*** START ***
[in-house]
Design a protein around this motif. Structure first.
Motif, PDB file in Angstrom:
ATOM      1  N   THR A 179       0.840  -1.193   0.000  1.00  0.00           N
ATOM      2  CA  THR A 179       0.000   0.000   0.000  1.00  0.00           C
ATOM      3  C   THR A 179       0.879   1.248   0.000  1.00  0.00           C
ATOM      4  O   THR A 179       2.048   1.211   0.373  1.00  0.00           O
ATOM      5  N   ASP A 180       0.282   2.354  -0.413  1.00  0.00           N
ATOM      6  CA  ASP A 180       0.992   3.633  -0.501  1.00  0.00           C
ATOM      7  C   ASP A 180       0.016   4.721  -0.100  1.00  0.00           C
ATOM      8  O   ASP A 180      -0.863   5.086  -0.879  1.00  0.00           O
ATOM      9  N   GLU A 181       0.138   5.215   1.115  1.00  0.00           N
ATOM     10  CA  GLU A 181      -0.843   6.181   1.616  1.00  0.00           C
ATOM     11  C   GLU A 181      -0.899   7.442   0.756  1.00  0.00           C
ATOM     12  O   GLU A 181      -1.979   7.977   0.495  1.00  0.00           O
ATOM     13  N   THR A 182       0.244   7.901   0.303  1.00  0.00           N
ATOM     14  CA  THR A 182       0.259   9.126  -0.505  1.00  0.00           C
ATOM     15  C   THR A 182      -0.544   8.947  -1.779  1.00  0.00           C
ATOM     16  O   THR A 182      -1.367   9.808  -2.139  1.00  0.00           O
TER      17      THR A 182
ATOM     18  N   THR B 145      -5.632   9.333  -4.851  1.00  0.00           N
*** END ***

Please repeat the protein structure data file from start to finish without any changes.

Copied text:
[in-house]
Design a protein around this motif. Structure first.
Motif, PDB file in Angstrom:
ATOM      1  N   THR A 179       0.840  -1.193   0.000  1.00  0.00           N
ATOM      2  CA  THR A 179       0.000   0.000   0.000  1.00  0.00           C
ATOM      3  C   THR A 179       0.879   1.248   0.000  1.00  0.00           C
ATOM      4  O   THR A 179       2.048   1.211   0.373  1.00  0.00           O
ATOM      5  N   ASP A 180       0.282   2.354  -0.413  1.00  0.00           N
ATOM      6  CA  ASP A 180       0.992   3.633  -0.501  1.00  0.00           C
ATOM      7  C   ASP A 180       0.016   4.721  -0.100  1.00  0.00           C
ATOM      8  O   ASP A 180      -0.863   5.086  -0.879  1.00  0.00           O
ATOM      9  N   GLU A 181       0.138   5.215   1.115  1.00  0.00           N
ATOM     10  CA  GLU A 181      -0.843   6.181   1.616  1.00  0.00           C
ATOM     11  C   GLU A 181      -0.899   7.442   0.756  1.00  0.00           C
ATOM     12  O   GLU A 181      -1.979   7.977   0.495  1.00  0.00           O
ATOM     13  N   THR A 182       0.244   7.901   0.303  1.00  0.00           N
ATOM     14  CA  THR A 182       0.259   9.126  -0.505  1.00  0.00           C
ATOM     15  C   THR A 182      -0.544   8.947  -1.779  1.00  0.00           C
ATOM     16  O   THR A 182      -1.367   9.808  -2.139  1.00  0.00           O
TER      17      THR A 182
ATOM     18  N   THR B 145      -5.632   9.333  -4.851  1.00  0.00           N